The season for shrimps
A sign chalked on blackboard
'shrimps second cottage on right’
the names of trees in
Bardsea woods.
I used to know them
I used to know these things.
The name of Bill Stables’ dog
that trotted behind him
as he rode his bike to Baycliff
to catch the tide
the sight of Gillam
padding barefoot round
his grocery shop in town.
I used to know the feel of a
lapwing chick in my hand
taste of wild strawberries
taste of a new laid egg
my dad had found in the hedge
on his way home from his shift
at Glaxo. I used to know
the feel of wind on bare skin
when I ran through bracken
smell of mud its soursalt tang
sound of the buzzer at Vickers
sight of thousands of men pouring
out through the yard’s iron gates
on foot, on bikes, in cars – but
back then mainly on foot or bikes.
Sight of the first primrose
hidden among gorse
on the railway embankment
Nethertown, just by the bungalow
and always a kestrel hanging
on the wind above the clifftop
always the sound of the Irish Sea
always that taste
sweet as a nut
of freshly peeled shrimps
hauled in
loaded onto tractors, driven
over mudflats across the Bay. 
I used to know.


*    *    *    *

Geraldine Green
Geraldine writes, "What struck me about Rachel Carson, and her work 'Silent Spring' when I first encountered it in the early seventies, was her courage in speaking out about the harmfulness of insecticides on the natural world. Not only did she follow her path studying and writing in response to natural history, she also passionately shared her wonder at the natural world which chemicals were - and are still - destroying. She reminded us that we, as animals, are also part of nature, part of the wonder we live and breathe each moment, and if 'nature' is harmed then so, too, are we."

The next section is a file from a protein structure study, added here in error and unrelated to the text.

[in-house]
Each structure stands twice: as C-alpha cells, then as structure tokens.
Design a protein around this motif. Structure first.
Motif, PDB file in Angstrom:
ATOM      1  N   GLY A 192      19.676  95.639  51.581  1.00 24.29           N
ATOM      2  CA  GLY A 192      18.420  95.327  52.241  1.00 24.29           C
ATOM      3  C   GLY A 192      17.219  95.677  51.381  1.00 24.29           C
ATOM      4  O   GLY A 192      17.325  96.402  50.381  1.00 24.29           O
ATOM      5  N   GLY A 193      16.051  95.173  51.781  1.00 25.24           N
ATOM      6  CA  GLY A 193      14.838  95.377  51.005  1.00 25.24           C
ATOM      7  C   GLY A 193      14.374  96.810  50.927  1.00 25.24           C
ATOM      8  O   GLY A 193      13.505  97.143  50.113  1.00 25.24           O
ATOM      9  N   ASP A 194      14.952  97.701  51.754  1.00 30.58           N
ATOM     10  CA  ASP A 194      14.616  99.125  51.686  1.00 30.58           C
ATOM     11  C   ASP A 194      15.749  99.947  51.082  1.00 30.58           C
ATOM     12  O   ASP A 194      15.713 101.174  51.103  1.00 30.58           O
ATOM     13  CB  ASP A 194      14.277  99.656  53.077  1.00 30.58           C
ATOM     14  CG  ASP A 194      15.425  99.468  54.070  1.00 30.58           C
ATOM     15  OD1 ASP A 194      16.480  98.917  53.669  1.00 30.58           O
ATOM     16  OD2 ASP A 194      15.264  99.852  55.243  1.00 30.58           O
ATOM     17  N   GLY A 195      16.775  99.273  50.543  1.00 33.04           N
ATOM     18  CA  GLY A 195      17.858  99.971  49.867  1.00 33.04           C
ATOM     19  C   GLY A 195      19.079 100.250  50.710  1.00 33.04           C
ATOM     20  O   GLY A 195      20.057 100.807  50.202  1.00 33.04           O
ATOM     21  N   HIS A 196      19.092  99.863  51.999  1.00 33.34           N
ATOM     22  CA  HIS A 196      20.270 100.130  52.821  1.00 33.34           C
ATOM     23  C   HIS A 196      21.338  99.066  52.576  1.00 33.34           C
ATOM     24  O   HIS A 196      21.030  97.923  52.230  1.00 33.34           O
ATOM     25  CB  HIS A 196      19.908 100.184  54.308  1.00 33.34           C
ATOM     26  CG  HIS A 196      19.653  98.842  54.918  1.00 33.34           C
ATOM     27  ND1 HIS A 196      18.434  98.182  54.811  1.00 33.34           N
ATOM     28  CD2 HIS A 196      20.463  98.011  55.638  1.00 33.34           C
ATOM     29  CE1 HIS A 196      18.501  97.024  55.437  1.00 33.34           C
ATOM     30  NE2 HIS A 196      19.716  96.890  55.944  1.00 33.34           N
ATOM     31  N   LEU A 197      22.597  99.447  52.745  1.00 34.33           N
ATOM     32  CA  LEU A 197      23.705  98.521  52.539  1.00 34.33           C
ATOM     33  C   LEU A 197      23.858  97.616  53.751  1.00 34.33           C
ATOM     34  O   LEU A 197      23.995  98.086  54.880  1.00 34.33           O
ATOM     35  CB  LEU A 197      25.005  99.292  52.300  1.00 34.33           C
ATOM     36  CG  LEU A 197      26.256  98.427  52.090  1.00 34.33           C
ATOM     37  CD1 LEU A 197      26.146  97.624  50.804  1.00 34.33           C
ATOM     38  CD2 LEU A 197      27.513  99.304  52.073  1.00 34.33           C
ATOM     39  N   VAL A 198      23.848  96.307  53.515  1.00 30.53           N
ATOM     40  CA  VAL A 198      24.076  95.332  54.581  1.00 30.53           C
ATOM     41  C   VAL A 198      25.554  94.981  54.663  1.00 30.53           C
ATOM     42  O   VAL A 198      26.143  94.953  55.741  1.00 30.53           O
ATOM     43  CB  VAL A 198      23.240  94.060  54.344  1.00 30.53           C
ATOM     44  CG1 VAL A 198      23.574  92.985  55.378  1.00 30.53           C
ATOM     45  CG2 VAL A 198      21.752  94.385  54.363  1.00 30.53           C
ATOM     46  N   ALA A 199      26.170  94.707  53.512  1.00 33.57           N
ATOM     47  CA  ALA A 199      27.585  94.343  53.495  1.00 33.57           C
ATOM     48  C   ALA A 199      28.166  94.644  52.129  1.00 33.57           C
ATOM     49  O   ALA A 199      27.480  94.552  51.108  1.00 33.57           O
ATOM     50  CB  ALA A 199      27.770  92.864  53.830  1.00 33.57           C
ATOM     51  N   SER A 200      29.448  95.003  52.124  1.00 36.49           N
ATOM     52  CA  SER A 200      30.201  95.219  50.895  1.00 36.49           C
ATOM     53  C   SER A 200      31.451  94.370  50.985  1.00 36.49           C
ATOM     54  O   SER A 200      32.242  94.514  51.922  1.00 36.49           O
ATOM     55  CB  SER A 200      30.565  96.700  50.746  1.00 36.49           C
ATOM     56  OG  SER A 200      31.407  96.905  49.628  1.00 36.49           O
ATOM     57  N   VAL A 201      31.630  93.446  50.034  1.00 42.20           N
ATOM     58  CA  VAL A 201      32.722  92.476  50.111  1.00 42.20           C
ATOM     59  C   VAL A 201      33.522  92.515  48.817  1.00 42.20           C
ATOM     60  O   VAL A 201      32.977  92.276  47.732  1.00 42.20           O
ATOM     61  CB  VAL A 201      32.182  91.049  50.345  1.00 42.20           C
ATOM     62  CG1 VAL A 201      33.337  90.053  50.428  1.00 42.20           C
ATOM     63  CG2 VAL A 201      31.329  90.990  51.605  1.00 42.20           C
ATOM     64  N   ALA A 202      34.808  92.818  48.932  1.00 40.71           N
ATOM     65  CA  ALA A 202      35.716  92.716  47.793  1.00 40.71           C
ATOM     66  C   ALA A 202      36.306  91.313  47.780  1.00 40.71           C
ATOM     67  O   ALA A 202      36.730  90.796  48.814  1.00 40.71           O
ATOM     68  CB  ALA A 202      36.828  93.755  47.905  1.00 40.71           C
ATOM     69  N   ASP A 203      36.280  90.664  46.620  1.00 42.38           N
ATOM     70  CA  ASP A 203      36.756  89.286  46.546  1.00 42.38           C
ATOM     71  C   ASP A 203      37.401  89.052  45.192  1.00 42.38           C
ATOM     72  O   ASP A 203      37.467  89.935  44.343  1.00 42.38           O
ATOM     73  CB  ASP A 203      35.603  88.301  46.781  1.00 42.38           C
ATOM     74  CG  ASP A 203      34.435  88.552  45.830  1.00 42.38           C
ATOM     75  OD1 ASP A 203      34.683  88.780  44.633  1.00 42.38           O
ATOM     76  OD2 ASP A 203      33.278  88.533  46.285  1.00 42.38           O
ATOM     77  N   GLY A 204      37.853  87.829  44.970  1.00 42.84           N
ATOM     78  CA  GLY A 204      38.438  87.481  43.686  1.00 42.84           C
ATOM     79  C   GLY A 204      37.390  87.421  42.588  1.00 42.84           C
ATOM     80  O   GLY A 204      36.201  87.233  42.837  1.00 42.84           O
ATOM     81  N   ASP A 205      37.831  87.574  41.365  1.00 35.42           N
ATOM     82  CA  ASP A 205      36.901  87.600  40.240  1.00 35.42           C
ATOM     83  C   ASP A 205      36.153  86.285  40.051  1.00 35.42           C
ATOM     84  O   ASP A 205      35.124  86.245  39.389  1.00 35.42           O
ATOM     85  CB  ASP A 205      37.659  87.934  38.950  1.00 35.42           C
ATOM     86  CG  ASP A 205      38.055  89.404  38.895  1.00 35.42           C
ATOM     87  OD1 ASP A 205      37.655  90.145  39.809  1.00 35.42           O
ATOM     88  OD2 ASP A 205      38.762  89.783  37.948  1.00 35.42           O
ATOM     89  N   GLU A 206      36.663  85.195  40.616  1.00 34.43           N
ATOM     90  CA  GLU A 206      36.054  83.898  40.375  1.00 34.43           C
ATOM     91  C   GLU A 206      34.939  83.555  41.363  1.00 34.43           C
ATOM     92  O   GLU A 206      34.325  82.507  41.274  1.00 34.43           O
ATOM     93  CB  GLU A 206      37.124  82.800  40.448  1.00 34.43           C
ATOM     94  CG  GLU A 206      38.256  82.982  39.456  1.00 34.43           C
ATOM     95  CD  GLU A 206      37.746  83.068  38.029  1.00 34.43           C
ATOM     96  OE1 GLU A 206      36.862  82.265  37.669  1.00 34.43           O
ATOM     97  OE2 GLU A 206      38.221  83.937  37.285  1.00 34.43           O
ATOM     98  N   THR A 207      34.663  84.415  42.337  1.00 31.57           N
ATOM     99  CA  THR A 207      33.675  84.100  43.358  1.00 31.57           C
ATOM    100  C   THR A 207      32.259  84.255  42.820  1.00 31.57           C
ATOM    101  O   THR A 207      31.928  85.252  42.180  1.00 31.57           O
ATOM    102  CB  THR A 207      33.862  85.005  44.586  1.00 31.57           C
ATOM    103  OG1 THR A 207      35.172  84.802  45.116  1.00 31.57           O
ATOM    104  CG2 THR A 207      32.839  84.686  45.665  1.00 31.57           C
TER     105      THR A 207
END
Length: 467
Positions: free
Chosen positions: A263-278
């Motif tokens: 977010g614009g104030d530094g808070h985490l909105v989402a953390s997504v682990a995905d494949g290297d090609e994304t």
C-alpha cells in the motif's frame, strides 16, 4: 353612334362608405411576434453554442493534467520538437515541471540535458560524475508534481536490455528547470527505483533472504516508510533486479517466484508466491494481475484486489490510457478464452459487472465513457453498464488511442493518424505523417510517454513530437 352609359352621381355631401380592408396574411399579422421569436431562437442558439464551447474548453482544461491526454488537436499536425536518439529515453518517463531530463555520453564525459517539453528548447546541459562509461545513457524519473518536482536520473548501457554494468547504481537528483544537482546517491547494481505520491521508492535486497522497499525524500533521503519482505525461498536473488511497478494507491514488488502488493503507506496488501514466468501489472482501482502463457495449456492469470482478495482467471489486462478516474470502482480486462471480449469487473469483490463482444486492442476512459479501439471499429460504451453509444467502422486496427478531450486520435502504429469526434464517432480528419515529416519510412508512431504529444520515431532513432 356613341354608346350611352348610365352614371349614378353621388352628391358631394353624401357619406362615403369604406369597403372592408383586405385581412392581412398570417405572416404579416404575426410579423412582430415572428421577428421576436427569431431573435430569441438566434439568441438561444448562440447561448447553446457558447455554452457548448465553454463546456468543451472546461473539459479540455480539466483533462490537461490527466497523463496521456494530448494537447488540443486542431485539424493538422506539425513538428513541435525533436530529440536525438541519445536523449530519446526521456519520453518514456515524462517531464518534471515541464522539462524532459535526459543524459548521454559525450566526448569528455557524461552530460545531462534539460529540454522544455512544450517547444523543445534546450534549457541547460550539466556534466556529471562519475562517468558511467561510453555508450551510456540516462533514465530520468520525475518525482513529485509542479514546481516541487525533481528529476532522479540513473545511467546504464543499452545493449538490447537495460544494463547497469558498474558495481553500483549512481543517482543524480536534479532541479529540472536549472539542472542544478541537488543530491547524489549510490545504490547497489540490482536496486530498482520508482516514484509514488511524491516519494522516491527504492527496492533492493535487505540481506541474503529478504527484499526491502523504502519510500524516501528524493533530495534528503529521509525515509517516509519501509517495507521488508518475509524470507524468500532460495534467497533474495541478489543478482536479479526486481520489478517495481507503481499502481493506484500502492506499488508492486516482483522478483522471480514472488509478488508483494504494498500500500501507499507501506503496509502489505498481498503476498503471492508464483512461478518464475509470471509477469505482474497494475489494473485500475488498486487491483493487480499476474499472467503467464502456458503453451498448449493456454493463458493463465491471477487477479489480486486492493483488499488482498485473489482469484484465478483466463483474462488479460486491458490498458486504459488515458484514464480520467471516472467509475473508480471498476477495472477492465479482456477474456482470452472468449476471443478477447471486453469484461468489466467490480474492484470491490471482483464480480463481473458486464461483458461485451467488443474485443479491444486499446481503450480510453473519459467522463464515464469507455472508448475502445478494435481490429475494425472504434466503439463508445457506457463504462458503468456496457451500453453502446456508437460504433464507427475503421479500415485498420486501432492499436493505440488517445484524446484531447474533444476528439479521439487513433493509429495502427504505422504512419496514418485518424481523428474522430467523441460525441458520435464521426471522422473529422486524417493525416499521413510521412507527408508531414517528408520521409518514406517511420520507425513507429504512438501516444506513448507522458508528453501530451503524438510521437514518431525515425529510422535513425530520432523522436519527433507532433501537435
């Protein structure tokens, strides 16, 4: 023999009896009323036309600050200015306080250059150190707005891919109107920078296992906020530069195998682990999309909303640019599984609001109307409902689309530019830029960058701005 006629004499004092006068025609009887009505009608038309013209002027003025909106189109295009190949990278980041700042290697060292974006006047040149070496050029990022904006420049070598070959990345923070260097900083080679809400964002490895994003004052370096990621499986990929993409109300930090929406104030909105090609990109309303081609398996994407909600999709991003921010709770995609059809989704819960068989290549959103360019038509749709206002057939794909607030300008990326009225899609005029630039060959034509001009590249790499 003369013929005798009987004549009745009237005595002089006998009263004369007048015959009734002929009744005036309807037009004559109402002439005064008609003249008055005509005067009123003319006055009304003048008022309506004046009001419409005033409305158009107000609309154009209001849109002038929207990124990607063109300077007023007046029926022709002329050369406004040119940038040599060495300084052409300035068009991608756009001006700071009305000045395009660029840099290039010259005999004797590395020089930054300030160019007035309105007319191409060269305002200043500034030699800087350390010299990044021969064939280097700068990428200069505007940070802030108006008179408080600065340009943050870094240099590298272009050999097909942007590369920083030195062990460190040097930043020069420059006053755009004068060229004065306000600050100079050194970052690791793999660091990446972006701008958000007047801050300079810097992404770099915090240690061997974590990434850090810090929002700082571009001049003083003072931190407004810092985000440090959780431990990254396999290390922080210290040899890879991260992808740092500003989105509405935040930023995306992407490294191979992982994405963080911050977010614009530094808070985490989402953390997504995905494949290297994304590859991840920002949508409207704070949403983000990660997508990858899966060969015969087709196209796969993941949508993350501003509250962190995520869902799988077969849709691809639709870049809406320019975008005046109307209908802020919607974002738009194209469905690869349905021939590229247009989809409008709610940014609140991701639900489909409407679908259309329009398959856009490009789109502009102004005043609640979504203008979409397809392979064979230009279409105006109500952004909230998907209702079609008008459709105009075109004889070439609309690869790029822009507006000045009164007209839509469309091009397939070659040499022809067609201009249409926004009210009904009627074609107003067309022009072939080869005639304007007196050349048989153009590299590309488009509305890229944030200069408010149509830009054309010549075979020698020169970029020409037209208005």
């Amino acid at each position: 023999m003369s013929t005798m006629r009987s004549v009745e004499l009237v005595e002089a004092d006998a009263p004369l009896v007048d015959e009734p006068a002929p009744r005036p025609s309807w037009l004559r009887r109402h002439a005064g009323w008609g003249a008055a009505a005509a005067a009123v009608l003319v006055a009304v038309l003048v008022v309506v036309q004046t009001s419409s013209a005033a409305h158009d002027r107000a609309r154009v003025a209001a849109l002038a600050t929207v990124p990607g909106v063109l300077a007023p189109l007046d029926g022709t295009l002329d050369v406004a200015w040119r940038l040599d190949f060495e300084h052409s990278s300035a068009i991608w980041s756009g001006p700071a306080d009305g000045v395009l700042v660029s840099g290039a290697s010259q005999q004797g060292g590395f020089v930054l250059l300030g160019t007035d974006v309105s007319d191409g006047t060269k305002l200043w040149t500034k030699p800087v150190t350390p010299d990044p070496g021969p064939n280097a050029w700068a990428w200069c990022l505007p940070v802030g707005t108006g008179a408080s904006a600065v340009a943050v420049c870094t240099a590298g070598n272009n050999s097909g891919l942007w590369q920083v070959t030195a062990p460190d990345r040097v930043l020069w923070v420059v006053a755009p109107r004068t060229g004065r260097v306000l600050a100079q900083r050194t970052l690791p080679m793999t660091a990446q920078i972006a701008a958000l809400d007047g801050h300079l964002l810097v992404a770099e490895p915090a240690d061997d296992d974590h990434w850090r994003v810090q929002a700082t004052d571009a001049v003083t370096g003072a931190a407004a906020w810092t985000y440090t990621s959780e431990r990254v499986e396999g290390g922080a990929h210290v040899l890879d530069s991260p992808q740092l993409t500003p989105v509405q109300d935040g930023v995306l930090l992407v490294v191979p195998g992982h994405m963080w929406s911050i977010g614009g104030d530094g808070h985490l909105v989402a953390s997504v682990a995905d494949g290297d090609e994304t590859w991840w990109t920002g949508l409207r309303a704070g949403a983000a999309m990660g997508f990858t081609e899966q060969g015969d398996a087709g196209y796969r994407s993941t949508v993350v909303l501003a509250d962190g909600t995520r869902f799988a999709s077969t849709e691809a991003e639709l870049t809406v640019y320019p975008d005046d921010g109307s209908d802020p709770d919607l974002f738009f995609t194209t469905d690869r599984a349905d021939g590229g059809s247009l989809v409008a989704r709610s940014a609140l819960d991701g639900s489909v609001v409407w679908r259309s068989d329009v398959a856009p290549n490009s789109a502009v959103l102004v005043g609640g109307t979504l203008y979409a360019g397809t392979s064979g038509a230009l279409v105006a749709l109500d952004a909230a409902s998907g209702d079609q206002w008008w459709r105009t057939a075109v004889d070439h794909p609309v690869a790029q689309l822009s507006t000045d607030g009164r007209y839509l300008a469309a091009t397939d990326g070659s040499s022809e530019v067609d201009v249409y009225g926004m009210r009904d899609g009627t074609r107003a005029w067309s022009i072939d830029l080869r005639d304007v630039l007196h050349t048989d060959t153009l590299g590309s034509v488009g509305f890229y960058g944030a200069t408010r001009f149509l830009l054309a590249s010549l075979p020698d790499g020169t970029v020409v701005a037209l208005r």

Bio: UK poet Dr. Geraldine Green is a writer, freelance creative writing tutor and mentor and visiting lecturer at The University of Cumbria.

She has had four collections published. The Skin and Passio Flarestack Pubications, Poems of a Mole Catcher’s Daughter under the pseudonym of Katie A Coyle by Palores Publications. Her latest collection, The Other Side of the Bridge by Indigo Dreams, formed part of her PhD in Creative Writing: “An Exploration of Identity and Environment through Poetry.” Geraldine was a contributor to a book on therapeutic writing - Writing Works. Her next collection Salt Road will be published summer 2013, also by Indigo Dreams.

Geraldine’s poetry has been widely anthologised in the UK, US and Italy and translated into German and Romanian. She has recently given a talk at the Lawrence Durrell Centenary Celebrations in Corfu and presented a Paper on the works of John Clare and Aldo Leopold at The South West Texas Conference, Albuquerque. Geraldine, who frequently performs her poetry in the US, read at WoodyFest, on an extended poetry trip to Oklahoma and Kansas, July 2012.  

You can listen to her reading on www.kpfa.org/archive/id/81889 She is an Associate Editor of Poetry Bay. Geraldine lives in South Cumbria, on the shores of Morecambe Bay, where she grew up. Her twin passions are nature study and poetry.